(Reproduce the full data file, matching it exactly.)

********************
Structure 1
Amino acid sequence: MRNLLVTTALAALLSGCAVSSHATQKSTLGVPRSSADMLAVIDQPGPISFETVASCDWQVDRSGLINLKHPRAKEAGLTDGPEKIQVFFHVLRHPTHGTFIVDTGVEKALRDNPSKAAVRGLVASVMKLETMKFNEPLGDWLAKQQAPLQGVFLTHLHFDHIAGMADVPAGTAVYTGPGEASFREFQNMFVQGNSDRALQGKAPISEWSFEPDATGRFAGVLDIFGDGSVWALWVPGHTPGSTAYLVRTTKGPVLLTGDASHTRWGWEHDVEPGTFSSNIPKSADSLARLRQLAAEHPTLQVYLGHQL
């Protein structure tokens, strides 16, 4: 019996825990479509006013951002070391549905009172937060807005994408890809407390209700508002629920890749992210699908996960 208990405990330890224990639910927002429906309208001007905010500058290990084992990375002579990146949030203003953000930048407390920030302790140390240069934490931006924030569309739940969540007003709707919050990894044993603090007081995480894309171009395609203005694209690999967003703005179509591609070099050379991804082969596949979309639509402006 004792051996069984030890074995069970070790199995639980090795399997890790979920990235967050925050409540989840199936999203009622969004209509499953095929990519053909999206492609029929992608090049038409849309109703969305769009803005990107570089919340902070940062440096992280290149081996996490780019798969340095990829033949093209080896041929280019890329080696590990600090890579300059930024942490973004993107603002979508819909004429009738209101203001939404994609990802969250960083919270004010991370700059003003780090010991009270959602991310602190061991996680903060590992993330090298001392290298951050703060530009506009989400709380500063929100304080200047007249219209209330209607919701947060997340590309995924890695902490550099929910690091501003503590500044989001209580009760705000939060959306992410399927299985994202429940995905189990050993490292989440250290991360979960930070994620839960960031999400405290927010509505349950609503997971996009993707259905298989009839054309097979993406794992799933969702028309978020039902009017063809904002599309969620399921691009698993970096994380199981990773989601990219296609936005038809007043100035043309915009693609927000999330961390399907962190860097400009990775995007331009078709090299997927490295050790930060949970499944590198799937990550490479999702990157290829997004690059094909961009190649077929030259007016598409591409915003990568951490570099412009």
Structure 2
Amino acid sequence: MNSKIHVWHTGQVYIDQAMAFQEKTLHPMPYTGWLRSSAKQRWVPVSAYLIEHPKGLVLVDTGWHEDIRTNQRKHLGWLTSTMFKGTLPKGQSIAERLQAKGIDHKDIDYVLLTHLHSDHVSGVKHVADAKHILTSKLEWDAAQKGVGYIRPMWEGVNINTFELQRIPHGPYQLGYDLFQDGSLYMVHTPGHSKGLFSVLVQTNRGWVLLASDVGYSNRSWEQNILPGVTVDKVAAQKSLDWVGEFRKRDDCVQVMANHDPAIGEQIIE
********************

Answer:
Structure 1
Amino acid sequence: MRNLLVTTALAALLSGCAVSSHATQKSTLGVPRSSADMLAVIDQPGPISFETVASCDWQVDRSGLINLKHPRAKEAGLTDGPEKIQVFFHVLRHPTHGTFIVDTGVEKALRDNPSKAAVRGLVASVMKLETMKFNEPLGDWLAKQQAPLQGVFLTHLHFDHIAGMADVPAGTAVYTGPGEASFREFQNMFVQGNSDRALQGKAPISEWSFEPDATGRFAGVLDIFGDGSVWALWVPGHTPGSTAYLVRTTKGPVLLTGDASHTRWGWEHDVEPGTFSSNIPKSADSLARLRQLAAEHPTLQVYLGHQL
């Protein structure tokens, strides 16, 4: 019996825990479509006013951002070391549905009172937060807005994408890809407390209700508002629920890749992210699908996960 208990405990330890224990639910927002429906309208001007905010500058290990084992990375002579990146949030203003953000930048407390920030302790140390240069934490931006924030569309739940969540007003709707919050990894044993603090007081995480894309171009395609203005694209690999967003703005179509591609070099050379991804082969596949979309639509402006 004792051996069984030890074995069970070790199995639980090795399997890790979920990235967050925050409540989840199936999203009622969004209509499953095929990519053909999206492609029929992608090049038409849309109703969305769009803005990107570089919340902070940062440096992280290149081996996490780019798969340095990829033949093209080896041929280019890329080696590990600090890579300059930024942490973004993107603002979508819909004429009738209101203001939404994609990802969250960083919270004010991370700059003003780090010991009270959602991310602190061991996680903060590992993330090298001392290298951050703060530009506009989400709380500063929100304080200047007249219209209330209607919701947060997340590309995924890695902490550099929910690091501003503590500044989001209580009760705000939060959306992410399927299985994202429940995905189990050993490292989440250290991360979960930070994620839960960031999400405290927010509505349950609503997971996009993707259905298989009839054309097979993406794992799933969702028309978020039902009017063809904002599309969620399921691009698993970096994380199981990773989601990219296609936005038809007043100035043309915009693609927000999330961390399907962190860097400009990775995007331009078709090299997927490295050790930060949970499944590198799937990550490479999702990157290829997004690059094909961009190649077929030259007016598409591409915003990568951490570099412009």
Structure 2
Amino acid sequence: MNSKIHVWHTGQVYIDQAMAFQEKTLHPMPYTGWLRSSAKQRWVPVSAYLIEHPKGLVLVDTGWHEDIRTNQRKHLGWLTSTMFKGTLPKGQSIAERLQAKGIDHKDIDYVLLTHLHSDHVSGVKHVADAKHILTSKLEWDAAQKGVGYIRPMWEGVNINTFELQRIPHGPYQLGYDLFQDGSLYMVHTPGHSKGLFSVLVQTNRGWVLLASDVGYSNRSWEQNILPGVTVDKVAAQKSLDWVGEFRKRDDCVQVMANHDPAIGEQIIE